Senate panel cuts Pakistan's aid in response to doctor's conviction

Senate appropriators unanimously voted Thursday to cut Pakistani aid by $33 million, or $1 million for every year a Pakistani doctor will spend in prison for helping the CIA find Osama bin Laden.

While the cut represents a small fraction of U.S. aid to Pakistan, the 30-0 vote in favor of the amendment from Sen. Lindsey Graham (R-S.C.) highlights the tension between the two countries sparked by Wednesday's sentencing in Pakistan of Shakil Afridi on treason charges by a tribal court. 

Afridi used a vaccination drive to try to get DNA samples from people inside the compound where bin Laden was hiding in Pakistan. While he was unsuccessful, U.S. officials say he helped an intelligence program that led to the killing of bin Laden. 

“This conviction says to me that al Qaeda is viewed by the court to be Pakistan,” Sen. Dianne Feinstein (D-Calif.) said during the markup. “I don't know which side of the war Pakistan is on. This makes me seriously question our financial support to Pakistan.”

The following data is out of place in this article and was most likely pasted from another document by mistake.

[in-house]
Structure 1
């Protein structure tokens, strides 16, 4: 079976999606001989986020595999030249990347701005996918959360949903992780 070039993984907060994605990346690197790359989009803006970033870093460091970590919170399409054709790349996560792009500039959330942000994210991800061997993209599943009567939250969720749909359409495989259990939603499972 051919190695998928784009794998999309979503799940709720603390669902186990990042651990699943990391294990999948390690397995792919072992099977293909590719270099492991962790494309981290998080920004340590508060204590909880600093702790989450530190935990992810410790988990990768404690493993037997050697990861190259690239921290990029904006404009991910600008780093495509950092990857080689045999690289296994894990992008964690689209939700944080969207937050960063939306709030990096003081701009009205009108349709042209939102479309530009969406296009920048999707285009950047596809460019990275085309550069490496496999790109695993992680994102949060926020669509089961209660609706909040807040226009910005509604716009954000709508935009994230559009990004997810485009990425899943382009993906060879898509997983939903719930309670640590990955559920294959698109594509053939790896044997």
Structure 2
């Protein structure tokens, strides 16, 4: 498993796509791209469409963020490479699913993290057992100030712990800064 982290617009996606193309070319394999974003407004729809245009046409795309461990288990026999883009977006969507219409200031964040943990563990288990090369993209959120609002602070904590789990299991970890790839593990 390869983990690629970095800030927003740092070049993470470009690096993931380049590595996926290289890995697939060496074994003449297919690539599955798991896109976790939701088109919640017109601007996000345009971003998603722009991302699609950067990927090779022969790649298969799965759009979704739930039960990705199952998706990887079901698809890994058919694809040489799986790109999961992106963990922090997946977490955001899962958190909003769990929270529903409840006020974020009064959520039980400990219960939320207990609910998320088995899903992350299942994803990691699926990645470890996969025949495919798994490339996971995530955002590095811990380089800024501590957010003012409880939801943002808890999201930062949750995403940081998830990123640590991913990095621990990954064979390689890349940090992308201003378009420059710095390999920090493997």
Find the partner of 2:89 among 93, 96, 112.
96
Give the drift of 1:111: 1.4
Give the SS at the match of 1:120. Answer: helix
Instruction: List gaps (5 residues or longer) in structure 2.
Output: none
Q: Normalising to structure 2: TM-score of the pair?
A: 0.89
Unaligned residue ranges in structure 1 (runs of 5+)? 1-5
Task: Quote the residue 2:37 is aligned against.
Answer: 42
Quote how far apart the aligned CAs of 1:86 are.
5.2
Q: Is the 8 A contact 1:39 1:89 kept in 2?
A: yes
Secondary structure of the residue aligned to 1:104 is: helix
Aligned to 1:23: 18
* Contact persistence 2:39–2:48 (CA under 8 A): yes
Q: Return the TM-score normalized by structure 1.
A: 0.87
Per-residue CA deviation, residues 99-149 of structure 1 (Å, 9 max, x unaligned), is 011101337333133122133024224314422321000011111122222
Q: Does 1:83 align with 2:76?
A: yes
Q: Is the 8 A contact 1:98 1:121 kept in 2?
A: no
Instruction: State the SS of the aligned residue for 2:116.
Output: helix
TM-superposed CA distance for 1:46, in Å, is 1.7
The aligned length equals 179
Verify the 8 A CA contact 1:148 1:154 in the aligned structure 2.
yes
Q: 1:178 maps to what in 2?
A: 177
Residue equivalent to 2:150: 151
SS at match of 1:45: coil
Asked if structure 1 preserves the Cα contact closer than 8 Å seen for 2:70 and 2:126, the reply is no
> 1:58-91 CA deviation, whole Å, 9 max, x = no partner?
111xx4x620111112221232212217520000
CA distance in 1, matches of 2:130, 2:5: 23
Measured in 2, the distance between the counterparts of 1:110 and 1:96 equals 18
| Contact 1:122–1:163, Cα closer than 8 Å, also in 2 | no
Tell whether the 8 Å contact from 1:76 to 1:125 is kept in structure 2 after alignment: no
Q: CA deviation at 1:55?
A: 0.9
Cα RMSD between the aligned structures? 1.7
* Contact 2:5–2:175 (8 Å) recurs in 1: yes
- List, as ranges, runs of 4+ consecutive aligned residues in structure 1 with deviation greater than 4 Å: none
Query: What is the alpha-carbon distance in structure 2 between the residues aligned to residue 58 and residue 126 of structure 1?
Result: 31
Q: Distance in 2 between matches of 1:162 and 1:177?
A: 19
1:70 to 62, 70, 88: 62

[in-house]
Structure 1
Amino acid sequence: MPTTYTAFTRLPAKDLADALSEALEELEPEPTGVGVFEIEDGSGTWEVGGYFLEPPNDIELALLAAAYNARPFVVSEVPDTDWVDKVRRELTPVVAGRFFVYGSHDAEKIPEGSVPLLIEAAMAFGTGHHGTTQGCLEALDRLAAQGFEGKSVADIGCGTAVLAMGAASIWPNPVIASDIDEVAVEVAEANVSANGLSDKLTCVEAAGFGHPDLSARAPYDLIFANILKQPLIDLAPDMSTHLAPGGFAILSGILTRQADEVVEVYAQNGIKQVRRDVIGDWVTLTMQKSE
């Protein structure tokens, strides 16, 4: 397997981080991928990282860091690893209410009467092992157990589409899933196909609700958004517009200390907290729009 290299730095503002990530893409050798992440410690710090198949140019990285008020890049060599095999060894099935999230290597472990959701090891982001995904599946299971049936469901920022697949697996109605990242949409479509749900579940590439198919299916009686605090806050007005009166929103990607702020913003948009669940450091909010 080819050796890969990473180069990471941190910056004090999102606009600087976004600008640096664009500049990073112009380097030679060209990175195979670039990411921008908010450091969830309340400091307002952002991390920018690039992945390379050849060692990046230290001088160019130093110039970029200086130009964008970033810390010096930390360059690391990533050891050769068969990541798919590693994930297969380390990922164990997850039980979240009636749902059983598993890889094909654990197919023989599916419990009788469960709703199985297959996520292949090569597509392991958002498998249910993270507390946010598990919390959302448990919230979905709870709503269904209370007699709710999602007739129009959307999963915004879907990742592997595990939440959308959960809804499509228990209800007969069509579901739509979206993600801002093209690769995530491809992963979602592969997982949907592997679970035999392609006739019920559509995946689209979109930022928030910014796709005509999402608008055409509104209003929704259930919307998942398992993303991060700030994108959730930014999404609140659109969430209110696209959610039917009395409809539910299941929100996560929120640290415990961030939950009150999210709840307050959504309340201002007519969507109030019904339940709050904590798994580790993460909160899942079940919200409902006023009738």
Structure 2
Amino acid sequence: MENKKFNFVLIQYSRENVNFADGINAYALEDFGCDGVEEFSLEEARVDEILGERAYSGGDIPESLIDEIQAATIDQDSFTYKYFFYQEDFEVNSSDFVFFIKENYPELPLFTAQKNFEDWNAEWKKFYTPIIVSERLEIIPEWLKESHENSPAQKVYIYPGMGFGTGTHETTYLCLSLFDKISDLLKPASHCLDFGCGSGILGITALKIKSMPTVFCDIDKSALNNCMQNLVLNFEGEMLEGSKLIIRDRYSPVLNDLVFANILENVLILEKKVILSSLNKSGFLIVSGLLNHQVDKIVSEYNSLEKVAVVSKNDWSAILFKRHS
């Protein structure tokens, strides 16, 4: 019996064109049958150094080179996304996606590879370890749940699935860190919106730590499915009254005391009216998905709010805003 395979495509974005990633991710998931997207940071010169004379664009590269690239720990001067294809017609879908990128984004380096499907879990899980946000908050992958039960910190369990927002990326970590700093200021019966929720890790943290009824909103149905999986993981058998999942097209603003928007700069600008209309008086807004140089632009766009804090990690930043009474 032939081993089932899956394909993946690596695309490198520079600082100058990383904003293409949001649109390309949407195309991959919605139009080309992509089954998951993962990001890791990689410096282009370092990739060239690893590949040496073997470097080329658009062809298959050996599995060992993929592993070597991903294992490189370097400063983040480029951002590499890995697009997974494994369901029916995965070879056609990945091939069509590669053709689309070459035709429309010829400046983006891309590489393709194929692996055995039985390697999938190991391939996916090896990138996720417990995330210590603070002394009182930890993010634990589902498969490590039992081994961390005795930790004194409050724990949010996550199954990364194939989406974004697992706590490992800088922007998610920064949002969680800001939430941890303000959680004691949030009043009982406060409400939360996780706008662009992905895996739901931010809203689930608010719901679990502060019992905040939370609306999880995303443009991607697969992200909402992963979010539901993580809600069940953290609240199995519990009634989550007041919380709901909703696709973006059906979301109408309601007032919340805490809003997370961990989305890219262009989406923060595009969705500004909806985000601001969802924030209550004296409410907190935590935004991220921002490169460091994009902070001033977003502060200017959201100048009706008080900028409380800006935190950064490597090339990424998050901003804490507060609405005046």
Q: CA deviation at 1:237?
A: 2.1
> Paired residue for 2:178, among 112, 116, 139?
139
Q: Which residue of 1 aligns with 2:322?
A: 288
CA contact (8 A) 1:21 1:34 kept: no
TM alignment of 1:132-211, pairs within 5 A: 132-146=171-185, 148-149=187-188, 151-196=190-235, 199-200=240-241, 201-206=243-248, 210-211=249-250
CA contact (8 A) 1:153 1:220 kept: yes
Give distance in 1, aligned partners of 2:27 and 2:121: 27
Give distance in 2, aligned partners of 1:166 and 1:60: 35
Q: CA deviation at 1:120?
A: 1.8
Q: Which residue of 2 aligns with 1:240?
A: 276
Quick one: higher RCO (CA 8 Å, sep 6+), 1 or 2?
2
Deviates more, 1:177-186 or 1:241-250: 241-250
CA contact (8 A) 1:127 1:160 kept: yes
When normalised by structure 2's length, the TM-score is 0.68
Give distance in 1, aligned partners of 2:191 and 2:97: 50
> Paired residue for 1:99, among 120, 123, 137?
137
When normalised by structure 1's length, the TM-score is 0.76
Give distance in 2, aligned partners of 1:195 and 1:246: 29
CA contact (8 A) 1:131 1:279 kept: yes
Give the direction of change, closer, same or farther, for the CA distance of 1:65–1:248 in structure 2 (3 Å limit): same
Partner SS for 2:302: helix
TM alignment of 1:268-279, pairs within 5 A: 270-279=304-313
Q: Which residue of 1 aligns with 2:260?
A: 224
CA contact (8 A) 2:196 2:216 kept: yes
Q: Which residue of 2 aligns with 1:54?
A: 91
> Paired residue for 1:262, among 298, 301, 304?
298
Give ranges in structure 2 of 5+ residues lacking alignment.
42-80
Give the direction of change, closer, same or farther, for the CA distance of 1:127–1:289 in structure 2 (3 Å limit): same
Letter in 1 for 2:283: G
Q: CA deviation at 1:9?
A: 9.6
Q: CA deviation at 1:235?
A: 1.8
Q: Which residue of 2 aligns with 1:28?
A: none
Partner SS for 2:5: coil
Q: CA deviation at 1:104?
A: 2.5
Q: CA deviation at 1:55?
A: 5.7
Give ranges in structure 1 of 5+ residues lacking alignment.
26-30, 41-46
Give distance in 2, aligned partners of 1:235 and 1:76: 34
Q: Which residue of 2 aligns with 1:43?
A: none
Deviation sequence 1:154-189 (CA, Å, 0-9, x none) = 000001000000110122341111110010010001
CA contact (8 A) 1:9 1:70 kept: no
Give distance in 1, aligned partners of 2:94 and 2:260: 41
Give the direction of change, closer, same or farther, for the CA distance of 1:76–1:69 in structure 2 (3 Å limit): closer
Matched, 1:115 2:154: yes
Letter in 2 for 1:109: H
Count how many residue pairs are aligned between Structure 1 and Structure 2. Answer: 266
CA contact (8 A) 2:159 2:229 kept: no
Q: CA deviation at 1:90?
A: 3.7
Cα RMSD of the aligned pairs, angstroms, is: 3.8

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Added Sen. Patrick Leahy (D-Vt.), “If this is cooperation, I would hate like heck to see opposition.”

And Graham called Pakistan a “schizophrenic” ally, which has suffered the worst losses at the hands of Islamic militants while at the same time harboring the Haqqani network and other groups.

He warned that Pakistan will lose “substantial funding” if an agreement can't be reached on reopening the NATO supply routes. Pakistan has asked for $5,000 per truck — up from $200 per truck before the November air strike — which the United States says is unacceptable.

“I do not expect America to sit on the sidelines and watch these negotiations become extortion,” he said.

Tensions between the United States and Pakistan were already high following the killing of 24 Pakistani soldiers last year and the subsequent closing of NATO supply routes to Afghanistan. 

The cut represents about 4 percent of the $800 million set aside for Pakistan next fiscal year, including $250 million in foreign military aid and another $50 million for Pakistan's counterinsurgency efforts. The original $800 million was already far below the $2.3 billion the Obama administration is requesting for Pakistan.

The funding is part of a $52.1 billion fiscal 2013 foreign aid and operations spending bill that cleared the committee 29-1, with only Sen. Ron Johnson (R-Wis.) objecting.

The committee also voted 18-12 to reinstate funding for international family planning efforts, setting up a clash with the House.